brand new meanings that only Chinese young generations understand. The boundaries book Japanese English, creates vivid images and allusions that are otherwise hard to ex-
are blurring between Chinese becoming more anglicized, and English increasingly in- press using only Japanese expressions. For example, “anata,” a Japanese pronoun that
fused in the Chinese culture. Do we need English to express new ideas, or do we simply means “you” in English, is an intimate word commonly used between lovers. When the
find it cool to use? songwriter wants to describe a break-up, she will adopt the English word “you.” Thus,
Concerns arise in non-English speaking countries as the influence of the English lan- the artist can better express heartbreaking feelings.
guage extends to daily conversations and local pop culture. These are undestandable re- Aside from music, English is creatively adopted in gendered situations. English loan-
actions, since language is intimately connected to personal and cultural identities, which words, as Stanlaw noted, empower Japanese women to “circumvent certain linguistic
people are afraid of losing. The transformation of language itself also proves worrisome and social constraints in Japanese language.” Thanks to this new communication tool,
as more and more people realize that their native language changes in syntax and many women are able to dip their feet into the water of taboos. Thus, English acts as a facili-
other linguistic aspects under English influences. tator in a social and cultural environment demanding revolutionary expressions.
“During the British colonization period, some cities in Yemen were renamed because So where do we draw the line between the restrictive and liberating powers of the
English people couldn’t pronounce the original cities’ names,” said Lubna Saqran ’13 English language?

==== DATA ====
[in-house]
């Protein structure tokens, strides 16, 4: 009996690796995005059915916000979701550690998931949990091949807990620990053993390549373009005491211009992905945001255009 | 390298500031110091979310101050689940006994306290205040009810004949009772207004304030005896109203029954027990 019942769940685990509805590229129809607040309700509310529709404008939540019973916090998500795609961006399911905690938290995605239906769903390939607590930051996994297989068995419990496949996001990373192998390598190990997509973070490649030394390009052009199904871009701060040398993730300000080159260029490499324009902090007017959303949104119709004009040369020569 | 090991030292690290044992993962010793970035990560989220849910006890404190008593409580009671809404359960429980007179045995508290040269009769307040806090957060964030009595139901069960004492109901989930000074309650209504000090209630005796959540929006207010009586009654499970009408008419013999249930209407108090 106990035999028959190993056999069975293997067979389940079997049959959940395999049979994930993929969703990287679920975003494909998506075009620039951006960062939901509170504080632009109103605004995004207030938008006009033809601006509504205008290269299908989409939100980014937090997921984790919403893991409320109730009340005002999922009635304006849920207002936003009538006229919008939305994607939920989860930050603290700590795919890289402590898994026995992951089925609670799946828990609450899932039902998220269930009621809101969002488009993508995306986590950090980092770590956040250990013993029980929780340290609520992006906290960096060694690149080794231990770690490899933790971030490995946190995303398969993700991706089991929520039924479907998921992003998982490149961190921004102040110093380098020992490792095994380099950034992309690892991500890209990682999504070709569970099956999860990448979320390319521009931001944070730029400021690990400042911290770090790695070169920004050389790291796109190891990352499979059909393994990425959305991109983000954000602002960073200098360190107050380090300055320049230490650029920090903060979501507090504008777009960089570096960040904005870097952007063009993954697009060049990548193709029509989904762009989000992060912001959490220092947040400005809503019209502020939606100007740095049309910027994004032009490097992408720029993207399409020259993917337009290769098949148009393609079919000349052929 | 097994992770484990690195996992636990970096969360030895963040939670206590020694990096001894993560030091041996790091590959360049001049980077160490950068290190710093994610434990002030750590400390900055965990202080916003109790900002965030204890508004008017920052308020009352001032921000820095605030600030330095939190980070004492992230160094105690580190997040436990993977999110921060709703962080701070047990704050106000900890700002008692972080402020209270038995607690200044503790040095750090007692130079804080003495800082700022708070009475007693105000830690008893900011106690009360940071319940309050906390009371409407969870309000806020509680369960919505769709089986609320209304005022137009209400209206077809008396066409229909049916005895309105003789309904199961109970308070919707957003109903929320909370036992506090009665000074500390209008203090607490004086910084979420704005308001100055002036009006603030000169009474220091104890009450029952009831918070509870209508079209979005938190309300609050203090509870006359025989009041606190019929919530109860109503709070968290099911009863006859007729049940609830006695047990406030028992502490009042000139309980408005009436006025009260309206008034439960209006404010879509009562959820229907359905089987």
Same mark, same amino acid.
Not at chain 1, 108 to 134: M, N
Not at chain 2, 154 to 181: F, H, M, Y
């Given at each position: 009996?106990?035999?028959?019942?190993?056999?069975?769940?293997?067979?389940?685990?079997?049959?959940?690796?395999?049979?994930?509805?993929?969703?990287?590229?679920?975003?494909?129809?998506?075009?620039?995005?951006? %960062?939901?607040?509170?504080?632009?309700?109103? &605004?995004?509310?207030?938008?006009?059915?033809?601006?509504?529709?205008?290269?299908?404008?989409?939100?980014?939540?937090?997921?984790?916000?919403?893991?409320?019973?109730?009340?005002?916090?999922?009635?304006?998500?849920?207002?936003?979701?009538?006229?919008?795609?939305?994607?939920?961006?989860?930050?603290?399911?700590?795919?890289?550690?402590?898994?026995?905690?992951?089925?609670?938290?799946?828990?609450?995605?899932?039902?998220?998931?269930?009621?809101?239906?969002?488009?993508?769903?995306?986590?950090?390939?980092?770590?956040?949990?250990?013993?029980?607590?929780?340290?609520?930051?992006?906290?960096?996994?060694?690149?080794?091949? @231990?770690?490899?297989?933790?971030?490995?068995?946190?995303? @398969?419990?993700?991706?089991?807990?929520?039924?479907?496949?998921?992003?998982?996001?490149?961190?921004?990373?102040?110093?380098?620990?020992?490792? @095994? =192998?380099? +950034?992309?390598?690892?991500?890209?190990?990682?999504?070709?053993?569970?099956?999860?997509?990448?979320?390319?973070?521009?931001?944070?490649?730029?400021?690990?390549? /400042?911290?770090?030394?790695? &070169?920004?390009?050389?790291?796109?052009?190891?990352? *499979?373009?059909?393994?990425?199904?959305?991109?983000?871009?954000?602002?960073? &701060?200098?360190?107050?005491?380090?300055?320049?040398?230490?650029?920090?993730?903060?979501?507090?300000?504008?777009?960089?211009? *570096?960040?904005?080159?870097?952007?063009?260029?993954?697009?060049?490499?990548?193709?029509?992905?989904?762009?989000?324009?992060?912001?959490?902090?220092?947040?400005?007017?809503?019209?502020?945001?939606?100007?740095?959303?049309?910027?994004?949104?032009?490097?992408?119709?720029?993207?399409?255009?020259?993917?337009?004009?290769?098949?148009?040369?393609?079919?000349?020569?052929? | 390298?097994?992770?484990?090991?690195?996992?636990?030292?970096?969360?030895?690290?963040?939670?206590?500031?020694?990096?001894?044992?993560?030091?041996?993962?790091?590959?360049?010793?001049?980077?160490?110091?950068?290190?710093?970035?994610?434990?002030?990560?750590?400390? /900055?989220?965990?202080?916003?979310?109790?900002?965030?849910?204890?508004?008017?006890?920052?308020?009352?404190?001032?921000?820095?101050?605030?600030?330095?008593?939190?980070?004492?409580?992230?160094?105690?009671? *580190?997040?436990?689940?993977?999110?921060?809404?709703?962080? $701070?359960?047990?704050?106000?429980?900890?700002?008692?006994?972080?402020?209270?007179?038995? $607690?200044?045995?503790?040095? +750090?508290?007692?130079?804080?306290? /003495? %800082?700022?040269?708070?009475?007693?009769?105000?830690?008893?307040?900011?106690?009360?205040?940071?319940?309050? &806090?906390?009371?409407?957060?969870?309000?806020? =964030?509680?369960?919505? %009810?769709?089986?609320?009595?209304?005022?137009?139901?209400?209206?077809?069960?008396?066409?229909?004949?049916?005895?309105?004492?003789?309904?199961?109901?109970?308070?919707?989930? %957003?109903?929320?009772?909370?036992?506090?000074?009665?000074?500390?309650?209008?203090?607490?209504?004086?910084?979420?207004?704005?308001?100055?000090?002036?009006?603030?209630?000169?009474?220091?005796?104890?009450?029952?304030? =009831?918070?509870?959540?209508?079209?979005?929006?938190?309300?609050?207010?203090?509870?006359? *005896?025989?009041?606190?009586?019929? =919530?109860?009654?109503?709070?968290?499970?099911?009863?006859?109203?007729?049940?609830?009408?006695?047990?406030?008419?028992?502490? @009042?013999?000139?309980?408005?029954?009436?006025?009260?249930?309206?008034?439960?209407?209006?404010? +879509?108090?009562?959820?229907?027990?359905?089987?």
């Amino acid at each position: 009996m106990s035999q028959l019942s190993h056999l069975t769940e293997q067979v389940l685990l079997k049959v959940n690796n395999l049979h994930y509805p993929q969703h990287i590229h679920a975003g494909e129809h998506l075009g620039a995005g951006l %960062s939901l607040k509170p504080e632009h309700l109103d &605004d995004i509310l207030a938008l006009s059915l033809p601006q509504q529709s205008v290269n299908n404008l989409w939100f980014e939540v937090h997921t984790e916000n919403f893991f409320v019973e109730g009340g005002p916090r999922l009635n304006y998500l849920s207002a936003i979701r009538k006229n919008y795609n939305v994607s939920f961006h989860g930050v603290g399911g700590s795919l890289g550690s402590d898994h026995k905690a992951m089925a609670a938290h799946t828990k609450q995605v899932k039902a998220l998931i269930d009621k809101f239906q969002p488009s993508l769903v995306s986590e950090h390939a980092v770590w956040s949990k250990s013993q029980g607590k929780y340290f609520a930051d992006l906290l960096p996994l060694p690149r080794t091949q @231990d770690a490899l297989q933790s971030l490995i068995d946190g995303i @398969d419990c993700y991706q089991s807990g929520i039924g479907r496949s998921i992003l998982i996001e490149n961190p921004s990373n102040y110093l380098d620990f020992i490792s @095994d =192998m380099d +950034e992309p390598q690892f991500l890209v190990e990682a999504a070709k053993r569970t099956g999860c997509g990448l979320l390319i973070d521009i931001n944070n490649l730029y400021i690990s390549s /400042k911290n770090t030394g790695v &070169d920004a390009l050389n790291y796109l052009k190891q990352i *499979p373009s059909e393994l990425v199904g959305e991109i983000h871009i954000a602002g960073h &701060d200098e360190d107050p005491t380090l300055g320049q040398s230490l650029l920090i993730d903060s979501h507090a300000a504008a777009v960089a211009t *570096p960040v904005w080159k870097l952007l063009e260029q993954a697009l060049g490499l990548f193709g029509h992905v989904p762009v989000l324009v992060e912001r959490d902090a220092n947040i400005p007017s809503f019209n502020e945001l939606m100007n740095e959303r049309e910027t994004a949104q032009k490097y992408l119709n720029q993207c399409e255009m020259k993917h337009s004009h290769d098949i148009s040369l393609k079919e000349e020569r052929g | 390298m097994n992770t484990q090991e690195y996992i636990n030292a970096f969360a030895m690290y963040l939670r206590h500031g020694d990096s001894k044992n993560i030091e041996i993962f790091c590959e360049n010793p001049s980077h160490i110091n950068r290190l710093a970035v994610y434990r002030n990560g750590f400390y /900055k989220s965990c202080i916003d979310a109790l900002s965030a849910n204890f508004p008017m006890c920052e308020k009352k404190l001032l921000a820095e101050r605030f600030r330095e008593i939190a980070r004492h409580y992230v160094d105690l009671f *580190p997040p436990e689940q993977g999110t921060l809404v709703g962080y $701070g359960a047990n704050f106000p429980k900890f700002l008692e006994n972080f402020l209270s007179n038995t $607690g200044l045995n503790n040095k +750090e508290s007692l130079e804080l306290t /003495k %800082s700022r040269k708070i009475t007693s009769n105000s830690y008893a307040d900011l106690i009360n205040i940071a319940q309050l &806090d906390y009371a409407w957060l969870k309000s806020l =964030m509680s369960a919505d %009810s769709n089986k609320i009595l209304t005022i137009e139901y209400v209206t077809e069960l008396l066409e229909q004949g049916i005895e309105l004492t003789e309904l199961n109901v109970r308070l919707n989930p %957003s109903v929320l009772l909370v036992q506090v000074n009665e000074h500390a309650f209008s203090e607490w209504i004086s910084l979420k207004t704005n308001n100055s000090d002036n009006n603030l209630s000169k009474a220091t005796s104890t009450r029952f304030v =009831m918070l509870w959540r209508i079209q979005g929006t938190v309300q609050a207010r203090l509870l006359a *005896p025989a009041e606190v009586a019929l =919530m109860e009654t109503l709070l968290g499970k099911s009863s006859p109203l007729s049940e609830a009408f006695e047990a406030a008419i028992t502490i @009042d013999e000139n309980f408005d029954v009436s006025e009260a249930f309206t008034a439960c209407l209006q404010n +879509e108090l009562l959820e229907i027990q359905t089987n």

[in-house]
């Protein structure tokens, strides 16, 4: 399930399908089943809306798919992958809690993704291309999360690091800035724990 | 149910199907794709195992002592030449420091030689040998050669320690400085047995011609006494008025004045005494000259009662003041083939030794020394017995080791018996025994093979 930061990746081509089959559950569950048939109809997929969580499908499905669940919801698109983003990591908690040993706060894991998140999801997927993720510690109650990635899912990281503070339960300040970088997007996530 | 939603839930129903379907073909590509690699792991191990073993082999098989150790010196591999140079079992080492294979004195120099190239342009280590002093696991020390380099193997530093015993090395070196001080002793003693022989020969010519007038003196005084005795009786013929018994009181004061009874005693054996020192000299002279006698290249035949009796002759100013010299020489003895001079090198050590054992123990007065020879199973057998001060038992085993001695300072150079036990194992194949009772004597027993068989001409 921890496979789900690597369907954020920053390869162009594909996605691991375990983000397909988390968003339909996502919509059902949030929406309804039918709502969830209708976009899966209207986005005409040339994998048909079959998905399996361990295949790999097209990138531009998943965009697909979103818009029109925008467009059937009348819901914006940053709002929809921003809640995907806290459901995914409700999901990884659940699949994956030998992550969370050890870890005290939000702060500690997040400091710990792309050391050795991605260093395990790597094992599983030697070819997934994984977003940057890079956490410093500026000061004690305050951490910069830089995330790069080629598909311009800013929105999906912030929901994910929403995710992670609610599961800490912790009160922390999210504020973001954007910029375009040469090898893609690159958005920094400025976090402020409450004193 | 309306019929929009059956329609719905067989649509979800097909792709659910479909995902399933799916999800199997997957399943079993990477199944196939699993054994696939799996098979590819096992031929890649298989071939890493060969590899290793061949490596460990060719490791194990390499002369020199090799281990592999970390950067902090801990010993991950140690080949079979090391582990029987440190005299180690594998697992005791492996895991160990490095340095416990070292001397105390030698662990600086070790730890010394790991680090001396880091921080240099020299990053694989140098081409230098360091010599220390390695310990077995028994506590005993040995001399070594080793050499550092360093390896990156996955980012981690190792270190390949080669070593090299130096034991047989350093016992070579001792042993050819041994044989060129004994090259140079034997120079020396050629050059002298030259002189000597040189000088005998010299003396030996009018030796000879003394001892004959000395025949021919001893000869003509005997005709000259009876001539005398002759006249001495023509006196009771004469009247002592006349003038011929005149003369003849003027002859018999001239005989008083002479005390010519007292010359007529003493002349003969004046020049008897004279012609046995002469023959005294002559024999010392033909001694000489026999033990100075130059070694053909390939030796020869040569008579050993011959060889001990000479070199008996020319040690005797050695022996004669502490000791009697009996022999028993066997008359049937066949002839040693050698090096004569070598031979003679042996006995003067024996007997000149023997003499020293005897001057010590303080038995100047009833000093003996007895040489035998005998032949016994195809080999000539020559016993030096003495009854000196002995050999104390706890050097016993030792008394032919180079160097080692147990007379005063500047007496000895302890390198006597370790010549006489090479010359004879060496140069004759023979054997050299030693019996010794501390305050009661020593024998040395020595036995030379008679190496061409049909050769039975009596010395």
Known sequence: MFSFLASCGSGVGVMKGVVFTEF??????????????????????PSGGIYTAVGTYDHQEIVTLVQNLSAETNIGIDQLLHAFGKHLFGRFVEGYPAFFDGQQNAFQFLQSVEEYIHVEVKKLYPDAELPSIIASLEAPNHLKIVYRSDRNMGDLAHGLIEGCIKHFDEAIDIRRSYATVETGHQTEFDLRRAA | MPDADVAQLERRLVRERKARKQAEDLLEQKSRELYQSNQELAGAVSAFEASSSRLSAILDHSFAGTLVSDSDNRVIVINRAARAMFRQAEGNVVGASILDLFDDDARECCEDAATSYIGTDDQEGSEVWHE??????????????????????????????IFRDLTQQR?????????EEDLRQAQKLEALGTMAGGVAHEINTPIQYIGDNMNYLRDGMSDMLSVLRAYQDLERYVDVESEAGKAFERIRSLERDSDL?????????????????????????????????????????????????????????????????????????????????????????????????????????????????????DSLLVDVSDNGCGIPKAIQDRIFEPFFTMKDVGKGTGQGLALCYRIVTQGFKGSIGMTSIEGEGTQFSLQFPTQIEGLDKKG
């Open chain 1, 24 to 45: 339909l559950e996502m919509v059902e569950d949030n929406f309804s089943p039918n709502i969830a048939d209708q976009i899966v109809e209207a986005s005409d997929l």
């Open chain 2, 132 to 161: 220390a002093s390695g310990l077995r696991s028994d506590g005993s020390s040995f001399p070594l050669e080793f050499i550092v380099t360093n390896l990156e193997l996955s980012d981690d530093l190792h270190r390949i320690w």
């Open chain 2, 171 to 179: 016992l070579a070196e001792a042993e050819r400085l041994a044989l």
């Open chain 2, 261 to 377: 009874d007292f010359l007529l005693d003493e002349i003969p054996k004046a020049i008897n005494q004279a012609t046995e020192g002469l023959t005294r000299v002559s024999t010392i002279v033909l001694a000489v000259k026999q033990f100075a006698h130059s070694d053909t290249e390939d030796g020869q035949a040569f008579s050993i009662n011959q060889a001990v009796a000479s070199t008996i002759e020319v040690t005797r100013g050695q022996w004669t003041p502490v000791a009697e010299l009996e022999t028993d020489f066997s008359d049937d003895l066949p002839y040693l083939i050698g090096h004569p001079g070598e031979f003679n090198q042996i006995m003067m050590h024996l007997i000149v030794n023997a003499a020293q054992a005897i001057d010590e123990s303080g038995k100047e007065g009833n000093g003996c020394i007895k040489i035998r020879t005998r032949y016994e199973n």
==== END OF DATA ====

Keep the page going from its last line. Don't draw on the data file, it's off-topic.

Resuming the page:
H AND GESTURE ACCOMPANYING THE A RABIC GREETING A S -S ALĀMU `A LAYKUM
Laura Turyatemba ‘11 and
Emily Chow ‘12 demonstrate
the hand gesture accompany-
ing the Arabic greeting As-
Salamu `Alaykum in the
Arabian Peninsula. Partici-
pants perform a two-hand
shake and draw their hands
toward their hearts.
The spoken greeting means
“Peace be upon you” in Ara-
bic. The response to the greet-
ing is Wa- 'alaykum as-salam,
meaning “And upon you be
peace.” It is widespread in
Middle Eastern, South Asian,
African and Balkan countries.
Perspectives 11.19.09:Layout 1 2/7/10 10:58 PM Page 2
Learning French through traveling
November 19, 2009 Mount Holyoke News
BY CRYSTAL BOATENG ’10 The TGV train pulled away mersing myself into the language during the first couple of the person at the table next to
from Gare Saint Roch, the main months in Montpellier. I realized there was quite a differ- me about interesting sightsee-
station in Montpellier on a warm autumn morning while ence between the French I had learned in the classroom ings or asking for directions to
the stream of announcements rolled out on the intercom, and the one spoken by natives on the street. I found myself the famous city cathedral, I did
“Mesdames, messieurs votre attention s’il vous plait…” lost in translation on countless occasions as people struck so with ease and comfort. I have
(Attention please, ladies and gentlemen…). A female voice conversations with me on simple topics like where I was to credit my great travel experi-
announced basic train safety tips and the stops along the from and why I was in France. My habit of translating ences to the fact that I was able
way, the final destination being Marseille. As I listened to every sentence into English (in my mind) seemed effective to converse and read in French.
the announcements, I realized that I did not completely in almost all my classes but was no longer helpful in On one of my last trips from
understand everything. However, I put two and two to- France. Yet the more I traveled and interacted with France to the Netherlands, I
gether and concluded that in about half an hour, I would French people, the more progress I started to notice. was stranded at a train station
get off at the station in a city called Nimes. With head- Adventurous travelers would agree that it is exhila- in a city I was unfamiliar with. As I tried to figure out
phones in my ears and my iPod music on, I entered my rating to visit places where foreign languages are spoken. where to board the airport shuttle, I overheard another
comfort zone listening to Alicia Keys’ album As I Am Yet, doesn’t one miss the opportunity for an authentic ex- lady who was also headed to the airport and we ended up
throughout the entire ride. perience by not speaking the native language? As I im- sharing a taxi. Not once did I feel lost in translation during
Prior to studying in France last year, I had never lived proved in conversational French, I observed the our conversation. I found out that she also lived in Mont-
in a country where the language spoken was not my first differences in my interactions and appreciations of the pellier and was traveling to the same city in the Nether-